A flood of new homes is headed toward Singapore and it will carry with it a buyer’s market, analysts say.
Developers in Singapore are already offering discounts and freebies such as furniture vouchers and will probably give away more expensive “toys”–maybe even cars–as new properties begin hitting the market in force, says Chris Comer, CEO of Castlewood Group, developer of Nikki Beach properties in Asia.
Comer is a Singapore resident with global experience, including in Dubai, where he worked during the boom and bust of the past decade. He said the downturn could hit Singapore within the next 12 months, and “you’ll start to see properties resold for less than they paid for them” as investors try to cash out, he said.
“It’s going to be a renters’ market here for a very long time,” he said.
Not everyone sees a bubble bursting with such force, but other analysts are warning about the coming supply and declines in prices and rents.
Recent findings released by the Singapore Real Estate Exchange (SRX) drew much attention to Cash-Over-Valuation (COV) premiums for Housing and Development Board (HDB) resale flats, with reports stating that overall COVs across all HDB property types have been experiencing a declining trend. In fact, this downward spiral has been said to be so persistent that by the start of September 2013, COVs are said to have fallen to a 4 year low.
In a country where property continues to stir public debate, it is hardly surprising that word about falling COV prices would spread into daily conversations. After all, COVs are by nature often deemed to be an unfair negotiation tactic employed by property sellers for a quick profit, causing much furore amongst those wishing to purchase their first home or to upgrade.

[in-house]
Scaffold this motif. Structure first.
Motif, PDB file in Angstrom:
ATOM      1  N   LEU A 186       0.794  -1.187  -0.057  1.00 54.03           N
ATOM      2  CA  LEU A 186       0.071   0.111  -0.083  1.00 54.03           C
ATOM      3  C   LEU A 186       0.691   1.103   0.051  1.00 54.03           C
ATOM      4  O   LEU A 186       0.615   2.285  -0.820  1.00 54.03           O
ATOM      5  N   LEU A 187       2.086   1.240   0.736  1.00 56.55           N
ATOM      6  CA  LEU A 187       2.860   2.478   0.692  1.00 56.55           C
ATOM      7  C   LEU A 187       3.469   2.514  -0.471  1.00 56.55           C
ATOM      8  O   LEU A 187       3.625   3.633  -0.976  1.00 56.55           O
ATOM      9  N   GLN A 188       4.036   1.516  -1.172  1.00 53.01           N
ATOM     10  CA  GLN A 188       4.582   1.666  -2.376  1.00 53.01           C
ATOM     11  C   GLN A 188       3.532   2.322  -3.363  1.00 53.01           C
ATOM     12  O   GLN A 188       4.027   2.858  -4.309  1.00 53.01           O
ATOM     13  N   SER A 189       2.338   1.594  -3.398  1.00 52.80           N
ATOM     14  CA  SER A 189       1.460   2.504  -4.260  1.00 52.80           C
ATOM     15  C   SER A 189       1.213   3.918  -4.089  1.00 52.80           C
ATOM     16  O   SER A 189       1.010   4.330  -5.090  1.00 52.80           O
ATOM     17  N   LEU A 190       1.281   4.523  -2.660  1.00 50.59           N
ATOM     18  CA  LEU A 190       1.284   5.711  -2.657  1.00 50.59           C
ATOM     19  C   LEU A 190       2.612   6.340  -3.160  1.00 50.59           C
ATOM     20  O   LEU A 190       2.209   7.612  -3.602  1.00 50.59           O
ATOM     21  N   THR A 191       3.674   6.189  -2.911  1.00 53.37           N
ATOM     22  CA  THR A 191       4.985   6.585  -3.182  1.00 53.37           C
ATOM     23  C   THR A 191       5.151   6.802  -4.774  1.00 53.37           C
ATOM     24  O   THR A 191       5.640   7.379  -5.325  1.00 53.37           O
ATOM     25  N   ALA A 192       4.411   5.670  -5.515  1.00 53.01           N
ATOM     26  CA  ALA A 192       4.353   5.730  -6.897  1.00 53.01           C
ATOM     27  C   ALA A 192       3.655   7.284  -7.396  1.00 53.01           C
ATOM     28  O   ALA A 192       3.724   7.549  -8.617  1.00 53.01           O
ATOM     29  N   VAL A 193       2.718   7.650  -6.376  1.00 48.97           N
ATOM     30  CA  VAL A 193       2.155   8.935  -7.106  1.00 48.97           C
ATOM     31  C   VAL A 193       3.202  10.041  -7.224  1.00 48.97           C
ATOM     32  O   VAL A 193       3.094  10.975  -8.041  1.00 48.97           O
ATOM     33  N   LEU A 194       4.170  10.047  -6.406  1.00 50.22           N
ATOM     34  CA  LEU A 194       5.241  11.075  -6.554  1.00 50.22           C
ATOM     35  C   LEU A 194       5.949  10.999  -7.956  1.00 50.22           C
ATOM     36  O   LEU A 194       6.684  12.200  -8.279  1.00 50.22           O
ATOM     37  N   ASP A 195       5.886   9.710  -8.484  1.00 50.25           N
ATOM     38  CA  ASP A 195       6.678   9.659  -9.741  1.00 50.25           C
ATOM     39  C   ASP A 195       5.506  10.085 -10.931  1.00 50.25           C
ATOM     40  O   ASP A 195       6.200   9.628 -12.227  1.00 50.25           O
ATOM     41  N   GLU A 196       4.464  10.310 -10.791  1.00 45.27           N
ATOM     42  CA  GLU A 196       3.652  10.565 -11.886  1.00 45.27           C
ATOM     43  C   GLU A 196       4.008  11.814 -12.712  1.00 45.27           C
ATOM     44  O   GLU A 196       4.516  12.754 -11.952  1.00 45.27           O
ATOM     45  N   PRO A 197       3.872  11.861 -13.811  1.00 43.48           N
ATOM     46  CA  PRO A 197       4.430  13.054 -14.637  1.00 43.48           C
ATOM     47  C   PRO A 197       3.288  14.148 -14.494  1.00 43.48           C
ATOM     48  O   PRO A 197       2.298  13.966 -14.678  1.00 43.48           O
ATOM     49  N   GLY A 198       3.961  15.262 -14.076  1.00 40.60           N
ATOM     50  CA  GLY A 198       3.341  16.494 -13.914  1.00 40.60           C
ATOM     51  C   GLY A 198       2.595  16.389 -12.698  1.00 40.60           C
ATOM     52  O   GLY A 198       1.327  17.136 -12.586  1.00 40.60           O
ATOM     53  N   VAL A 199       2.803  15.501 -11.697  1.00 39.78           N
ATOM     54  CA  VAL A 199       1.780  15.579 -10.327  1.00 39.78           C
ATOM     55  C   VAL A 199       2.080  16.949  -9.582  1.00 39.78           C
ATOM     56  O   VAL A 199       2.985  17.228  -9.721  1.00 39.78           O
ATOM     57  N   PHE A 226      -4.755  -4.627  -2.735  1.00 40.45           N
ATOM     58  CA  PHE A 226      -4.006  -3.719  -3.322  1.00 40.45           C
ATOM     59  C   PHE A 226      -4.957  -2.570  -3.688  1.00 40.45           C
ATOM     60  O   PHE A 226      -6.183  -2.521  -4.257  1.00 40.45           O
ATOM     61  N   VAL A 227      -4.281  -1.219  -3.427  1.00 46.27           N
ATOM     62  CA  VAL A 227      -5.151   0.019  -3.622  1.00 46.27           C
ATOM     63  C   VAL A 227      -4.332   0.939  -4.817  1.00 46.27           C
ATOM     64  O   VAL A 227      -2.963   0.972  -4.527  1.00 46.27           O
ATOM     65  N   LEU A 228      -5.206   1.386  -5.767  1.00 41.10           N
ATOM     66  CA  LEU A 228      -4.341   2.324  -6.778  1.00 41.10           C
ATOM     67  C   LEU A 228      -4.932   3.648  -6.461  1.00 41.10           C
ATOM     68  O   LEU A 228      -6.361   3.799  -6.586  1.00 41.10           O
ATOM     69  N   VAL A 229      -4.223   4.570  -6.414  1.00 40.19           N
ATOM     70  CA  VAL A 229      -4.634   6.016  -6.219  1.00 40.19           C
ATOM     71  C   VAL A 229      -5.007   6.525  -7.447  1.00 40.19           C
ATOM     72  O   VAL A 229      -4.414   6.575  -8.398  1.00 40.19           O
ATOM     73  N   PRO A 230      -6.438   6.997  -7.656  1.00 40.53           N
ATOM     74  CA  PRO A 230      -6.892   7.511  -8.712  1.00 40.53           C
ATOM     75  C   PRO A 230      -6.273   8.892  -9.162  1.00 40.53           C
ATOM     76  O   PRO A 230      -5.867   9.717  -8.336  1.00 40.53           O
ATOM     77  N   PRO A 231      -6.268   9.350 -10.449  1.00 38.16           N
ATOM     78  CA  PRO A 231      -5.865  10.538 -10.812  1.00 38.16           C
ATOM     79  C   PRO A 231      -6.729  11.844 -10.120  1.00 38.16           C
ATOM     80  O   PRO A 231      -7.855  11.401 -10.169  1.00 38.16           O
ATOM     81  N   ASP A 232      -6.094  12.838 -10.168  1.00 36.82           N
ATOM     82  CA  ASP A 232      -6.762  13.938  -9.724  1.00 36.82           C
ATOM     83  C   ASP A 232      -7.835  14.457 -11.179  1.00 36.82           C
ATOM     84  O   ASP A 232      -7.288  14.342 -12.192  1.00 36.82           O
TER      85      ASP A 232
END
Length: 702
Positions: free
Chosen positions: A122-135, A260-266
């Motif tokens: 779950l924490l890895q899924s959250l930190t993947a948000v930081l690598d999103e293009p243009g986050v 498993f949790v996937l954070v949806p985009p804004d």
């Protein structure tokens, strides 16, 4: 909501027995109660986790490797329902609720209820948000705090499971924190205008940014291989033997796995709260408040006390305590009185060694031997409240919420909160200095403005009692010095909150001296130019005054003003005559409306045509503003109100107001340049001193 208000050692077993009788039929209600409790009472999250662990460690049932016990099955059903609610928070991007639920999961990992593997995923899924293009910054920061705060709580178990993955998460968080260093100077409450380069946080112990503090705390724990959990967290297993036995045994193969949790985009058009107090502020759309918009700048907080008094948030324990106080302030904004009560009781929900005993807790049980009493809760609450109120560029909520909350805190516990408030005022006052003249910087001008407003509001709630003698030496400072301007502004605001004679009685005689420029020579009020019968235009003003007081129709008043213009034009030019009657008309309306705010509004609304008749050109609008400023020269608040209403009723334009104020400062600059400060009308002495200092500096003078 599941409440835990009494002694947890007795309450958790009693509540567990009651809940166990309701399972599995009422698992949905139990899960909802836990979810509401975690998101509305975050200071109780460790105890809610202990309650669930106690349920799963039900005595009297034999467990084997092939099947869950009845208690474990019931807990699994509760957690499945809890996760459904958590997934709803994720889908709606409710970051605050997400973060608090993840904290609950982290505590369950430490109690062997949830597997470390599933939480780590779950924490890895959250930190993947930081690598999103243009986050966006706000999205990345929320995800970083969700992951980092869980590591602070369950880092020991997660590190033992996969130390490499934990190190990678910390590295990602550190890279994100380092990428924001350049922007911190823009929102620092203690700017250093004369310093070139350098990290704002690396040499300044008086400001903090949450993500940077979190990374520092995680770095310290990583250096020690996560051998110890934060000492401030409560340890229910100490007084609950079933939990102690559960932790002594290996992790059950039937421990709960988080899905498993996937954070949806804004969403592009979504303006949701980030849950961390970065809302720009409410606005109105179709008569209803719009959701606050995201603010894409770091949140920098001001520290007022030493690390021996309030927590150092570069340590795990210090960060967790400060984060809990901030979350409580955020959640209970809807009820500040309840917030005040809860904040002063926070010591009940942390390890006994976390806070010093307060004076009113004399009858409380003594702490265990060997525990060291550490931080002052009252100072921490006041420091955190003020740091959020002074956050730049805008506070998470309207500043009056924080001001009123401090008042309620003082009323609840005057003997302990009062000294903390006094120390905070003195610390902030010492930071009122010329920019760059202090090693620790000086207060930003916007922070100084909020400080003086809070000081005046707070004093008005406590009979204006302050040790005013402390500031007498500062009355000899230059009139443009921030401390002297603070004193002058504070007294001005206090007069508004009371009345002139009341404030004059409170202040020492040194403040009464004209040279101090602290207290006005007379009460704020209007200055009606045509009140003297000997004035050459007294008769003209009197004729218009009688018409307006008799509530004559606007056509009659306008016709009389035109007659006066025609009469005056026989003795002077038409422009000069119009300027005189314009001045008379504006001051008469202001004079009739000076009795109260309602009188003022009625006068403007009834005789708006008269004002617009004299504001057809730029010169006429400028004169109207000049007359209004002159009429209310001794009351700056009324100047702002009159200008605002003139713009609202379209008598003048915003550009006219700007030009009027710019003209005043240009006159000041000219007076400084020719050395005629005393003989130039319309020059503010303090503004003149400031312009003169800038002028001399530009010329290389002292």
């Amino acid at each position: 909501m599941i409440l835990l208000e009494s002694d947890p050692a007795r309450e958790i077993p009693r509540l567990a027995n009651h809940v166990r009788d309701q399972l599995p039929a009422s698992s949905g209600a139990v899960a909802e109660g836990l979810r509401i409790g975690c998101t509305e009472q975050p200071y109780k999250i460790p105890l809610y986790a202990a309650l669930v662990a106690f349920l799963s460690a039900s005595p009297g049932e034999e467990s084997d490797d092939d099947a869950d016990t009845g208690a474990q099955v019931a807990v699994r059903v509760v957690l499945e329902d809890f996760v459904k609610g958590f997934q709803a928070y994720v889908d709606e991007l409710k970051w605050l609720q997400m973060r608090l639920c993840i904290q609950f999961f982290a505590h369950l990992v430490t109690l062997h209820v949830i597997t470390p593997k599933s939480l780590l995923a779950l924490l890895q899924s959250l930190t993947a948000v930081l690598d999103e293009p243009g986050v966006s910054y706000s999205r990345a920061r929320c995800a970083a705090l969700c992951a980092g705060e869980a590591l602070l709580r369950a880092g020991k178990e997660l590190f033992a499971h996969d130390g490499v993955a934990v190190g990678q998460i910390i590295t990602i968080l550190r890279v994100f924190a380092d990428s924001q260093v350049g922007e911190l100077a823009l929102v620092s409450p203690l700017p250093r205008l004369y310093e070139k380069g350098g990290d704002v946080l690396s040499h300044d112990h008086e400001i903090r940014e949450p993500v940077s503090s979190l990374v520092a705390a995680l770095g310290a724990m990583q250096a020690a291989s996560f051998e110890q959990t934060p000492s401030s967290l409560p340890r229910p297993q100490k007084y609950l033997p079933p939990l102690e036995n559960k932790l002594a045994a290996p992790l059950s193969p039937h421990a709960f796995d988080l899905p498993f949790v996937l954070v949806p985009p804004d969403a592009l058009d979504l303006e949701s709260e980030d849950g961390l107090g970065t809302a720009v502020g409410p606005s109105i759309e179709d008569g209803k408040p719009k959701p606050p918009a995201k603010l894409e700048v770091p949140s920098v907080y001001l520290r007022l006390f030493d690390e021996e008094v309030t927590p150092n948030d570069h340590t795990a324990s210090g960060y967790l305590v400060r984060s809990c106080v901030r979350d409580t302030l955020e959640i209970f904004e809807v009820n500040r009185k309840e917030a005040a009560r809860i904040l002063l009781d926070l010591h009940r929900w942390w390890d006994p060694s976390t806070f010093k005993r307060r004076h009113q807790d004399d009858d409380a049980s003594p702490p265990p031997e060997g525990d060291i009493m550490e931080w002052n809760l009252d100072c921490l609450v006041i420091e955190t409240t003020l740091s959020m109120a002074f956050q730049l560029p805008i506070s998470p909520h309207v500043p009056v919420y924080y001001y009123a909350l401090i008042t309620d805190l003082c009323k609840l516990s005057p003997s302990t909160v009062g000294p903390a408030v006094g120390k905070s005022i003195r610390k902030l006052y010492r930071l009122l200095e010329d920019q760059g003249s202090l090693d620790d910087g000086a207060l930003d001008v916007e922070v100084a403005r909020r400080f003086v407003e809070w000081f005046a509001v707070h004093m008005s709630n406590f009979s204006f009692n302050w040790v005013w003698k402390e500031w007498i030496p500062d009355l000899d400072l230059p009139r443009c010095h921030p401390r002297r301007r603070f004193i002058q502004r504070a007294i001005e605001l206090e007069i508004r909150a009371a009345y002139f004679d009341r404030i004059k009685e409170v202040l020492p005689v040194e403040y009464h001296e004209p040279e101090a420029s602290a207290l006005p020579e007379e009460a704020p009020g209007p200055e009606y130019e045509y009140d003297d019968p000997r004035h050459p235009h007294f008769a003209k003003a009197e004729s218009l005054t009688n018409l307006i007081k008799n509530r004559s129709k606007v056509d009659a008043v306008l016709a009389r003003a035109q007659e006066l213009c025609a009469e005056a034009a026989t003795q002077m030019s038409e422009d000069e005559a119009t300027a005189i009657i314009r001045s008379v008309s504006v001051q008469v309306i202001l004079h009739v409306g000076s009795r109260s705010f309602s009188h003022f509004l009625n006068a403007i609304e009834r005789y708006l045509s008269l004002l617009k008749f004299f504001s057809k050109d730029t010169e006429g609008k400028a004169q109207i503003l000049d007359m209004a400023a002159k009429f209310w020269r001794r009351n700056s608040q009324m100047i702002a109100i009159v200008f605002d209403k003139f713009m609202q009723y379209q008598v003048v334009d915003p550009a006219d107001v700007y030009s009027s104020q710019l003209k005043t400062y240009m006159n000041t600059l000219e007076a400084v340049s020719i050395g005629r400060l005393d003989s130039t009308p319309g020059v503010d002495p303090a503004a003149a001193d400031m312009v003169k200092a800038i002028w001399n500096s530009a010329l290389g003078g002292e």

Sentiments towards COVs worsened when news broke of a number of resale flats with COVs exceeding $100,000 were transacted, resulting in many clamouring for the government to take action, with the more vocal ones demanding for the system to be scrapped altogether. Such reactions against the payment of what most define to be “ridiculously high” costs on top of a HDB unit’s market valuation put into the spotlight recurring concerns of public housing affordability, acutely felt by young couples and families trying to find a suitable place to call home.
Such is the case in Toa Payoh. Long considered to be one of the early bastions of affordable public housing in Singapore since the1960s, today it has earned the reputation of being one of the most expensive districts to buy into with a number of flats commanding COV values over $100,000. For the buyer, this translates to him having to fork out almost or more than 2 ½ times more cash upfront to purchase a same-sized flat which he can find cheaper elsewhere. An even more startling fact is that in comparison to other fluctuating indices such as the Certificate of Entitlements (COEs) for cars, COVs for these choice units in Toa Payoh consistently rank ahead (given that COEs for all car categories are between $66,000 and $83,000 in Q2 2013).